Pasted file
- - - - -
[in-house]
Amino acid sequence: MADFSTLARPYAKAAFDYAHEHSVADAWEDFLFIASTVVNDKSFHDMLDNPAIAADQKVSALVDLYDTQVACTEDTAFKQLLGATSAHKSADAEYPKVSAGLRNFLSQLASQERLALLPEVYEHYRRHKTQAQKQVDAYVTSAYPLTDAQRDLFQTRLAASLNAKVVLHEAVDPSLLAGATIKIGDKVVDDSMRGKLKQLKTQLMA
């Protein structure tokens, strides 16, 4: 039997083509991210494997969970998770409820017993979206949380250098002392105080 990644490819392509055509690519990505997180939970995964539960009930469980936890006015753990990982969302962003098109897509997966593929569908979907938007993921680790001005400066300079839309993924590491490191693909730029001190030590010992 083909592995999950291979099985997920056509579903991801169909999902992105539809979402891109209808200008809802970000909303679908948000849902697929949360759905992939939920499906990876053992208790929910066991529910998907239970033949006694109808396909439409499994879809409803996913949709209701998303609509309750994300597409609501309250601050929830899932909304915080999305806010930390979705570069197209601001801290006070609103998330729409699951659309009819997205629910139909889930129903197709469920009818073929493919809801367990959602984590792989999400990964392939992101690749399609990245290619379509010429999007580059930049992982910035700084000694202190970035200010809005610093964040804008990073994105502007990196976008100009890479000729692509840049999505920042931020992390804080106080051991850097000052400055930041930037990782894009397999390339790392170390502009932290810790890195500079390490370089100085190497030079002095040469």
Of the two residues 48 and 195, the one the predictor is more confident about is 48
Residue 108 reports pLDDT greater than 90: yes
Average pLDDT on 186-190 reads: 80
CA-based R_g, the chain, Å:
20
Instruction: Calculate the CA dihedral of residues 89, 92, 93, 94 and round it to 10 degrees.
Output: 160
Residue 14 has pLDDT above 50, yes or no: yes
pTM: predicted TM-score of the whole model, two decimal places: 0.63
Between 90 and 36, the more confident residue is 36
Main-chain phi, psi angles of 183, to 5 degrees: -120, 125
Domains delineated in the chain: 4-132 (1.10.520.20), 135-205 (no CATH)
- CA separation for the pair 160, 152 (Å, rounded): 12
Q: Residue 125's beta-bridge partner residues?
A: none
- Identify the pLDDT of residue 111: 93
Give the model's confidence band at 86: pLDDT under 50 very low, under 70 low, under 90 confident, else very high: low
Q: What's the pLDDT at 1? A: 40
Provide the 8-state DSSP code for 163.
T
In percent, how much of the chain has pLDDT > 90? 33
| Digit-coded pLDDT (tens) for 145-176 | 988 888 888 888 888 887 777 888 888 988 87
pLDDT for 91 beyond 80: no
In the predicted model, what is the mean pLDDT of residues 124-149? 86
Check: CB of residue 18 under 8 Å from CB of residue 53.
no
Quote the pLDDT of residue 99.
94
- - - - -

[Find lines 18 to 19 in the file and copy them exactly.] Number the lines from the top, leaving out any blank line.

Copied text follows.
A: none
- Identify the pLDDT of residue 111: 93